• For the most part, that’s true, Martyn. But I’ve met many a veteran traveler who still breaks the rules, especially when it comes to smart phones + camera gear because “I gotta get shots for my blog, and I need my GPS”.

    It’s all well and good to have it with you, but keep it out of sight…and dress/act like you belong.

  • I think what we’re talking about is the difference between a ‘traveler’ and a ‘tourist’. Travelers know that even if they don’t blend in, they are still engaged in the country and their surroundings. You don’t wave a sign around that says ‘ignorant rich person’. I walked around in poor African countries where a Caucasian has difficulty blending in, but wearing sun-faded clothes, sunglasses without a visible brand, and keeping your valuables out of sight does a lot to prevent harassment or worse.

    Especially in poorer countries, walking around with expensive clothes and visible camera gear will instantly mark you as prey. Those German tourists you mentioned are indeed steak for the hungry wolves.

  • Aye, Samuel: I almost never get bothered by the “fishermen” anymore. Assertive = I belong.

  • I agree with most of what you’re saying and this really resonates well with me: “Walk like you belong there”

    I’ve noticed since I’ve become more assertive and act less like a tourist, I’m also not hassled nearly as much.

  • Aye, Kenin. I haven’t worn a watch since around 2006, before I even left the U.S. And I’m with you on the messenger bag. We don’t use camera bags simply because they stand out.

  • I can’t even imagine toting that kind of high dollar “backup” gear with me anywhere. We stopped wearing watches and jewelry about a year ago now, and put our camera gear into a old beat up backpack, or in a messenger bag when we are out on the streets instead of a camera bag. Presence is also a huge deal. Even when we are miserably lost we walk around like we belong there.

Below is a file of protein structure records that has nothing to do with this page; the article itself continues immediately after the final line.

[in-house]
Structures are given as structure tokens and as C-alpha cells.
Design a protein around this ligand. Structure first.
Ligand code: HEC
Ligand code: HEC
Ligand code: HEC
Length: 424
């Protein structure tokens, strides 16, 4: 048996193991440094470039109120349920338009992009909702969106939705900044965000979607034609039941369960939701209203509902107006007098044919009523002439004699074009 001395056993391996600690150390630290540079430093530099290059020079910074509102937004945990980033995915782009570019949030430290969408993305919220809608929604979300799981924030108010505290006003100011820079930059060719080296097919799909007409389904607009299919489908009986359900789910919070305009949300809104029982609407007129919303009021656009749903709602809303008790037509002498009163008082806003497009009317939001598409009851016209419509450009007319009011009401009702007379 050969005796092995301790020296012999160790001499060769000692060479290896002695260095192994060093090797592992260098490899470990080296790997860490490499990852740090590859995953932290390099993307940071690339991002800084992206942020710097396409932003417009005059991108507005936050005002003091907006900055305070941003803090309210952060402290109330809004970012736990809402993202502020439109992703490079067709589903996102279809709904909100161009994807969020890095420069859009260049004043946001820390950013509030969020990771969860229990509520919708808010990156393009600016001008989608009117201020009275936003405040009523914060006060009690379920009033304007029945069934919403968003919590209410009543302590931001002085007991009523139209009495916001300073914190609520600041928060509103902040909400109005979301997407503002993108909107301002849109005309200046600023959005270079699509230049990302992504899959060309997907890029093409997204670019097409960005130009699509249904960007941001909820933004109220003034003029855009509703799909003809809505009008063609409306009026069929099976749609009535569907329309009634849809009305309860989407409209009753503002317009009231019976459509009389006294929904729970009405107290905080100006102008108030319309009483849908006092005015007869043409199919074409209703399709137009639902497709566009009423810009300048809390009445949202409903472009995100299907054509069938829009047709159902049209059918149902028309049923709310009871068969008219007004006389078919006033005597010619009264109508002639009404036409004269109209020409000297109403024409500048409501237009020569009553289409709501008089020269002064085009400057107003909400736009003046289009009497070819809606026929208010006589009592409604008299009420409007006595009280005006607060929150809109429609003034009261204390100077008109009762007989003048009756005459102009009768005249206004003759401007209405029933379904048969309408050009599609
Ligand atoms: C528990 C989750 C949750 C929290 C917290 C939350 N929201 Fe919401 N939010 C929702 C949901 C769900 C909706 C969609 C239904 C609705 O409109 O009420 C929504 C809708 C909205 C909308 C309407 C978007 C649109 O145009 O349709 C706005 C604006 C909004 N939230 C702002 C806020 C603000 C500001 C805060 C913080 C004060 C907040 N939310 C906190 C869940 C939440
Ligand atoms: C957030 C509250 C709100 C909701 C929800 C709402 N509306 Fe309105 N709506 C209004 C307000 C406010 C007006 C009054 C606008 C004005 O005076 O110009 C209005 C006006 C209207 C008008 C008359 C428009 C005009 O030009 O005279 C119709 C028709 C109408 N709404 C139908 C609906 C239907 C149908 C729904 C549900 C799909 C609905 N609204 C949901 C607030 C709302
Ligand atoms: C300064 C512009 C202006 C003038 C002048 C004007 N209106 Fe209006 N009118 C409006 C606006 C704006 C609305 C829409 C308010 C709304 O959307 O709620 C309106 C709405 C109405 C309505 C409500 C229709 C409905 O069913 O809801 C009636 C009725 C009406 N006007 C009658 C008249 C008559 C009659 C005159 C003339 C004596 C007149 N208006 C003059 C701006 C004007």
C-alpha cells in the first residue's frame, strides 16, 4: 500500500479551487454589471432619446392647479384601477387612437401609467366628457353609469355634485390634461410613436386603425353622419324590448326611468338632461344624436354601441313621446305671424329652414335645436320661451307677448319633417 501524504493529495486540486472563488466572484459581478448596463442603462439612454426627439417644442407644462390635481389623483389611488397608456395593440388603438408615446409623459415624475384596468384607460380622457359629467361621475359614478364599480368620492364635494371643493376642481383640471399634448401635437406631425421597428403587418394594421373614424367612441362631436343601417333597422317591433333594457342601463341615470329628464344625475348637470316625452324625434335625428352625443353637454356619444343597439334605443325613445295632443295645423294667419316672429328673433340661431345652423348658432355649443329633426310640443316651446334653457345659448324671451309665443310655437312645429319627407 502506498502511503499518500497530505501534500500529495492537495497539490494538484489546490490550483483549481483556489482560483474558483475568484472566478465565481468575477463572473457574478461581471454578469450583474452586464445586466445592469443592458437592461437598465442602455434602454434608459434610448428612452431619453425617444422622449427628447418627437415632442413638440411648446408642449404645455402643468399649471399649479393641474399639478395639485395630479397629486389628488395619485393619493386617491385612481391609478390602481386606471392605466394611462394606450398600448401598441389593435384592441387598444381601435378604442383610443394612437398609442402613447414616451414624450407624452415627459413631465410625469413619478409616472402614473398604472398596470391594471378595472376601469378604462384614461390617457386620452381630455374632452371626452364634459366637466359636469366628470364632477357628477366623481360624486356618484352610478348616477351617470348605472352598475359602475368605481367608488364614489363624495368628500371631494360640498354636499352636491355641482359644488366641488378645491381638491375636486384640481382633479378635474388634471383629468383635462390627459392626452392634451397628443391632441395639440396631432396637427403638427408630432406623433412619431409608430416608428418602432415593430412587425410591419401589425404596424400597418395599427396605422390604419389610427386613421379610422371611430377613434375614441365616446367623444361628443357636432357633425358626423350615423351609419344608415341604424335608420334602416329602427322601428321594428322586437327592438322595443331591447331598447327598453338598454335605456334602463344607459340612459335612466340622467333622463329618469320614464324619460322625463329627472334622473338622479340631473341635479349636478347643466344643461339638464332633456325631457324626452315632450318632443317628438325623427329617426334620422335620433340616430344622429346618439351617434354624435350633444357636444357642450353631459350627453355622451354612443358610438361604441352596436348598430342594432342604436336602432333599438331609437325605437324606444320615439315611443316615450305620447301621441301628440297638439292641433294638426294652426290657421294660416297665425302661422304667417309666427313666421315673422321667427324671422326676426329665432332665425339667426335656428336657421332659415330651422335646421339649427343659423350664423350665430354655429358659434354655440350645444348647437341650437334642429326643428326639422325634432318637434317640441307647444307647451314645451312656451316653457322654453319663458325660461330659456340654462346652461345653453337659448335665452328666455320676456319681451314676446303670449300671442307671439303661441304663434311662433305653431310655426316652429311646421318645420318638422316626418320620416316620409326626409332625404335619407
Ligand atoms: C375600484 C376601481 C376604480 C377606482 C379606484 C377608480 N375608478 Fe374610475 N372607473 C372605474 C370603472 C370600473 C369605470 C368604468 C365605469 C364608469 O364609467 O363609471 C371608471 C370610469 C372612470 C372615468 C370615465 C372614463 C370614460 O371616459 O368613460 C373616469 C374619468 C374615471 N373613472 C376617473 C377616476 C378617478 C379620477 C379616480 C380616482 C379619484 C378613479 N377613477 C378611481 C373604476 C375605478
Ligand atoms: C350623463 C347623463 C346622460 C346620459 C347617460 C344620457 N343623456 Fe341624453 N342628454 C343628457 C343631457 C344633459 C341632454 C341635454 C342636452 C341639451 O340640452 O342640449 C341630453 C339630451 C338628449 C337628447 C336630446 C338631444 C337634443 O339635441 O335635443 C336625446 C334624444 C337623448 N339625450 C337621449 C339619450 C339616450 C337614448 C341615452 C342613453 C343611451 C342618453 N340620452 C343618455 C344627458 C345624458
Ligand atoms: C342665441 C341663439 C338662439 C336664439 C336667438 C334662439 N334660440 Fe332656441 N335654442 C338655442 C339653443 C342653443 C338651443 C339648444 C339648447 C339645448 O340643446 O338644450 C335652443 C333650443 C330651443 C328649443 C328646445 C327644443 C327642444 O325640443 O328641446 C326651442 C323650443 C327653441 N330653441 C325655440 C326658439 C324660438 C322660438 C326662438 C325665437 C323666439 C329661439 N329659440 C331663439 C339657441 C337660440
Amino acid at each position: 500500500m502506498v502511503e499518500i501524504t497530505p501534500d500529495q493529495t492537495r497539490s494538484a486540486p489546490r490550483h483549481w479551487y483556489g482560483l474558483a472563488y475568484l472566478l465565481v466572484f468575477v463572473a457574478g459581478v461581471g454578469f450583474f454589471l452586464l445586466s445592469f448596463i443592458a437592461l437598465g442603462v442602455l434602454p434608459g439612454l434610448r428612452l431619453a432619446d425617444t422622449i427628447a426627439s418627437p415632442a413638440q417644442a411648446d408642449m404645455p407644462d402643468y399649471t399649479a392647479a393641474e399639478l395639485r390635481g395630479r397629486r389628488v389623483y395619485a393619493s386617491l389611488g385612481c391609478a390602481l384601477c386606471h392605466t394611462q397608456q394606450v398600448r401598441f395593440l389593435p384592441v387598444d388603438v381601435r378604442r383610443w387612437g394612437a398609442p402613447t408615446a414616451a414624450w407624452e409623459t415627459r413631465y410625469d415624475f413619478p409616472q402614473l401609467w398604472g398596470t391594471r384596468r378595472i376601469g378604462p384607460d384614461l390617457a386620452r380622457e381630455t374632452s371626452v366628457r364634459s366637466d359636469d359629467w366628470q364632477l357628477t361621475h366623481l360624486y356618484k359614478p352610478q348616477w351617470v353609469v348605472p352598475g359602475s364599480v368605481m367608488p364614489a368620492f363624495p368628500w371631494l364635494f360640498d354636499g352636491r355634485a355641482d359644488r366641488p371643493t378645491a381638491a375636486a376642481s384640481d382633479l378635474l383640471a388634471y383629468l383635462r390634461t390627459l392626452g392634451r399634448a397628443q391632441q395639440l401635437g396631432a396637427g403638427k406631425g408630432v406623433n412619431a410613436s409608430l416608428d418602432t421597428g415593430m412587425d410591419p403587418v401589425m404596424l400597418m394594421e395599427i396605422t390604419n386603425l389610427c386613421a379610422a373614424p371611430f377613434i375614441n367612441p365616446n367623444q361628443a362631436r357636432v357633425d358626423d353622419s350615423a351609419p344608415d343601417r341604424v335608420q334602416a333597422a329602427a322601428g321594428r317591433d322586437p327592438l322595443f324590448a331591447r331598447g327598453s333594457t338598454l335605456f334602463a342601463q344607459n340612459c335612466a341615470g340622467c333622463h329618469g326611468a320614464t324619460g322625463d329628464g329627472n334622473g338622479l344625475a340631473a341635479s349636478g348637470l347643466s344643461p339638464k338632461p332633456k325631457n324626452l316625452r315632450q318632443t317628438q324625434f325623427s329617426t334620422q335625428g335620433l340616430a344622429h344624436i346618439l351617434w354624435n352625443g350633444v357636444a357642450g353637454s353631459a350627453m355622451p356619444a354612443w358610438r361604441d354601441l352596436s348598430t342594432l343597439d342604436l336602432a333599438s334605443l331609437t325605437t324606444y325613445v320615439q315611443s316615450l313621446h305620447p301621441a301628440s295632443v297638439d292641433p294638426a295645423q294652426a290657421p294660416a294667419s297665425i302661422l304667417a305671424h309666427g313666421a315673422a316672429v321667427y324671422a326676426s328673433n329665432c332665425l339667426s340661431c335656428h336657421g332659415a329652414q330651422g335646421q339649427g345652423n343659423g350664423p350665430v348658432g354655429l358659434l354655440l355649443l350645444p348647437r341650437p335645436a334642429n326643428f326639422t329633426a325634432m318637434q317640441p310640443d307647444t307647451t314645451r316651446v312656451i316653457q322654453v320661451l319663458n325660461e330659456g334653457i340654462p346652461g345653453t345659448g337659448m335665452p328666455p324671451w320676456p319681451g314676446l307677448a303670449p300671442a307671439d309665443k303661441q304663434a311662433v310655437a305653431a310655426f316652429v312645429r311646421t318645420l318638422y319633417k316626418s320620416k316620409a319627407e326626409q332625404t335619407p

• Absolutely, Freya. A cat can smell a mouse, every time.

  • I agree about appearing confident, especially if you’re a solo traveler. Scammers worldwide know their mark. If you appear like one, you’ll get victimized for sure.

  • I think everyone will find themselves in unexpected situations from time to time, Laura…as you say, key is keeping them to a minimum.

  • Sometimes we get in unexpected situation where we know we are more vulnerable. Generally we try to be smart and stay safe. Thanks for the tips.

  • Yeah I was kind of flabbergasted they had backup gear like that, Dan. Some people, LOL.

    Asking locals for directions is also good, although I usually do it in shops as opposed to out on the street. Duck in, ask a shop owner. When I did that in Bogota one time, the guy actually shut down his shop for 45 minutes and walked me around the barrio showing me all the other little corner stores as well.

  • We try very hard not to pull out maps while wandering around cities, especially at night. We typically just ask a nice looking face on the street (considering we speak a little of the language). Then you get to chat with a local as well :-) As for wearing your backup gear and expensive jewelry the day after you got robbed… I can’t help you there.